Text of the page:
The sidewalks were lined with chairs three or four rows thick for the parade.  Mike and Peggy and we found a couple benches in the shade in front of a shop.  We were in the back row, but we weren't risking skin cancer from UV rays.  The kids all sat in the front row and on the curb, and we soon figured out why.  It seemed that those participating in the parade were required to throw things at the spectators.  The most common thing thrown was candy, but the people on the float sponsored by the ice cream parlor threw popsicles, another float threw beach balls, some threw Mardi Gras necklaces, and others foam insulator sleeves for a soda or beer can.  The girls softball league float was filled with primary school girls filling and discharging massive super soaker guns into the crowd.
We saw all the uniformed folks from the pancake breakfast driving their fire trucks or marching or riding in the parade.  If there had been a fire anywhere within a thirty mile radius of Rock Hall during the parade, it is hard to believe there would be a truck left in a firehouse anywhere to answer the call.
The shriners from this area have miniature boats they drive in parades.  And one of the town's patriarchal watermen was in the parade riding in his boat, being towed on a boat trailer.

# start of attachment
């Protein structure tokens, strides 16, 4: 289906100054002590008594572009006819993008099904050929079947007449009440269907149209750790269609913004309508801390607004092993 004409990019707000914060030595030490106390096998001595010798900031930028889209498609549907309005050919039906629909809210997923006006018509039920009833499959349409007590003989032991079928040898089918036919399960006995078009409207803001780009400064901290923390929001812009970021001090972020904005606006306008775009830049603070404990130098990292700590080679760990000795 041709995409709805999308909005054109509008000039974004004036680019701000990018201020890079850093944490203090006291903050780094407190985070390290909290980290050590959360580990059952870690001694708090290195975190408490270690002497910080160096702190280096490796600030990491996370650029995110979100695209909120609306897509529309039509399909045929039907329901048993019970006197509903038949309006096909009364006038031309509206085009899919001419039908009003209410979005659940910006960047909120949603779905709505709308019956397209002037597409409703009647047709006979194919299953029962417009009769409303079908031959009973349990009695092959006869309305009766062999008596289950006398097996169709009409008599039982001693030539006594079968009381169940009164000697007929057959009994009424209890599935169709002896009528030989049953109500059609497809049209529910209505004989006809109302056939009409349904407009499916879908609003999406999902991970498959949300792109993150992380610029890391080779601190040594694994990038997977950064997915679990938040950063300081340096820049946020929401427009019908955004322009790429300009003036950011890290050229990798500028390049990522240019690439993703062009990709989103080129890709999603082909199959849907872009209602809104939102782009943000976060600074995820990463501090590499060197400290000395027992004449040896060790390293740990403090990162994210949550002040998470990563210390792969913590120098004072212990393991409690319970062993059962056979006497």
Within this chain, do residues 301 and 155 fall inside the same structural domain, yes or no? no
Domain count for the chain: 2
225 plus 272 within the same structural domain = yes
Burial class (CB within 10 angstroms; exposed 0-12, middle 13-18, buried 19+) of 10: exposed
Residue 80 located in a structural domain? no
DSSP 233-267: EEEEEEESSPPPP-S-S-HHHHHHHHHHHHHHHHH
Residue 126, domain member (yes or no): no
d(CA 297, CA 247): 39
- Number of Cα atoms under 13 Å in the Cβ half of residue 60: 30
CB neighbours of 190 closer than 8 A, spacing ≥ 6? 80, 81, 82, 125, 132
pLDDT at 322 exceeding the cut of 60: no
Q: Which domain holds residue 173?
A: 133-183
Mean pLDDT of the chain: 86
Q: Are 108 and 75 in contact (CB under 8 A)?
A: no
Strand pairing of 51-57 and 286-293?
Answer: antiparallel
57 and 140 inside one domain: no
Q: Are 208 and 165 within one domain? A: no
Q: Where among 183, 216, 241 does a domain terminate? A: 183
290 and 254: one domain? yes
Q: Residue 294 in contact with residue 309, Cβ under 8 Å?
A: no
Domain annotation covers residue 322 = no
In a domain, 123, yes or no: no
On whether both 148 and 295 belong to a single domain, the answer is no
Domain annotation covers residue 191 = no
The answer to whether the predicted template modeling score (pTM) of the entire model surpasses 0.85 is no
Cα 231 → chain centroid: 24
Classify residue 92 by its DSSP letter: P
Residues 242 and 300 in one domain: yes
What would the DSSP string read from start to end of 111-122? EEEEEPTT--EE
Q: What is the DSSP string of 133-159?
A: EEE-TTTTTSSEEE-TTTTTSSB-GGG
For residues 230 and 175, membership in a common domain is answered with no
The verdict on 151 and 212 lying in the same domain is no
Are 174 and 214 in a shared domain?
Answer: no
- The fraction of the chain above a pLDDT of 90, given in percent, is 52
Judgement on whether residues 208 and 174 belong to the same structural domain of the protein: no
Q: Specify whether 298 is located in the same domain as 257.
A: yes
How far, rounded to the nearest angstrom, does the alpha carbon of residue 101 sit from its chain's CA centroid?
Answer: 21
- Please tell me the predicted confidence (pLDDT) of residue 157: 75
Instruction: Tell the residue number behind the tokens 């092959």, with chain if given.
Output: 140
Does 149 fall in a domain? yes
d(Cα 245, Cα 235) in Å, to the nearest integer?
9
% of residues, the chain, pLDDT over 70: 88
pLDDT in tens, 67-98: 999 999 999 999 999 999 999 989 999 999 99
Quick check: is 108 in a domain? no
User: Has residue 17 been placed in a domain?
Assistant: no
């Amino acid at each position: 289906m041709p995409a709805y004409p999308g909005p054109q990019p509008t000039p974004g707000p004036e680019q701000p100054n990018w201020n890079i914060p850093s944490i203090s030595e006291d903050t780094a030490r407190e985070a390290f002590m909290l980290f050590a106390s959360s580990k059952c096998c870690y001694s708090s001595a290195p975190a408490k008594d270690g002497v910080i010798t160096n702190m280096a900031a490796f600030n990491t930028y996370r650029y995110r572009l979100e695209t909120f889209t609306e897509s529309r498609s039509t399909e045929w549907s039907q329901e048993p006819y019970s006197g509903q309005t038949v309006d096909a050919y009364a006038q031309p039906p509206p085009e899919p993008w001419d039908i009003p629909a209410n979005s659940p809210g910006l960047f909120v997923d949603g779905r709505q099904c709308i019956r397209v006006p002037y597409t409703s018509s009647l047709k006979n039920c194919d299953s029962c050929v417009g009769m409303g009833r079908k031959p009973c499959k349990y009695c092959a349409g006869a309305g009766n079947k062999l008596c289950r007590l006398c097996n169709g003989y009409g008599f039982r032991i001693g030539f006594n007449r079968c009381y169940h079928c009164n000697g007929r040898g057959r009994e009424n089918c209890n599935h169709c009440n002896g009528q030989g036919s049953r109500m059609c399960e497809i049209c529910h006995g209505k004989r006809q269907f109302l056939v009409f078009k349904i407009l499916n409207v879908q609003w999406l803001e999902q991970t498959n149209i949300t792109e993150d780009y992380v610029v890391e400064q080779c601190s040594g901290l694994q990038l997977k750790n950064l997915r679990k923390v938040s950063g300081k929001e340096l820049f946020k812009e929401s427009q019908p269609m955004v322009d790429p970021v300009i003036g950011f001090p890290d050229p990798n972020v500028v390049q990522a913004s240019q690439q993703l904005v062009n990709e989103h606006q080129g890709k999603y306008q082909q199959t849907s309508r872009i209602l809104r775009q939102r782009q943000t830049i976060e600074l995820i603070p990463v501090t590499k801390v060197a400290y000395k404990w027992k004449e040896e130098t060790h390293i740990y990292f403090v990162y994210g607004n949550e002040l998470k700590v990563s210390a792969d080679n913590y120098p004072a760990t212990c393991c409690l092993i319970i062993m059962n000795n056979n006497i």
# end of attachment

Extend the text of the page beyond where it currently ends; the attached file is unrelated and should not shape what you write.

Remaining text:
After the parade, we listened to a Dixieland Jazz concert in a small park lined with little shops and a museum chronicling the glory of a now gone local amusement park. 
American Legion pancakes; a parade with politicians and beauty queens, home-made floats, and lots of fire engines; and a concert in the park.  What more could anyone want for a perfect Fourth of July?

Zebra Swallowtail on Russian Sage

July 6  Butterflies!
We joined Peggy and Mike for a bike ride picnic at the Eastern Neck National Wildlife Refuge.  We started our ride with a stop at the Bay Leaf, a gourmet deli on Main Street in Rock Hall that makes great sandwiches.  Then we continued our ride on rural roads lined with corn and soy fields. 
We stopped just to find a geocache just before the bridge to the Refuge. Fortunately, it was an easy find, so we didn't have to introduce Mike and Peggy to the agony of defeat involved in the sport.
The refuge has six miles of trails, and lots of recreational areas to choose from in its 2285 acres, but the most intriguing area to us was its butterfly garden.  The garden itself was a huge expanse of colorful and fragrant beds of mostly native plants growing in profusion.  We saw about twenty different varieties of butterflies, but the most plentiful were zebra swallowtails.  There were thousands of them flying all about us and nectaring in swarms on the butterfly bush right beside the shaded porch steps where we ate our lunch.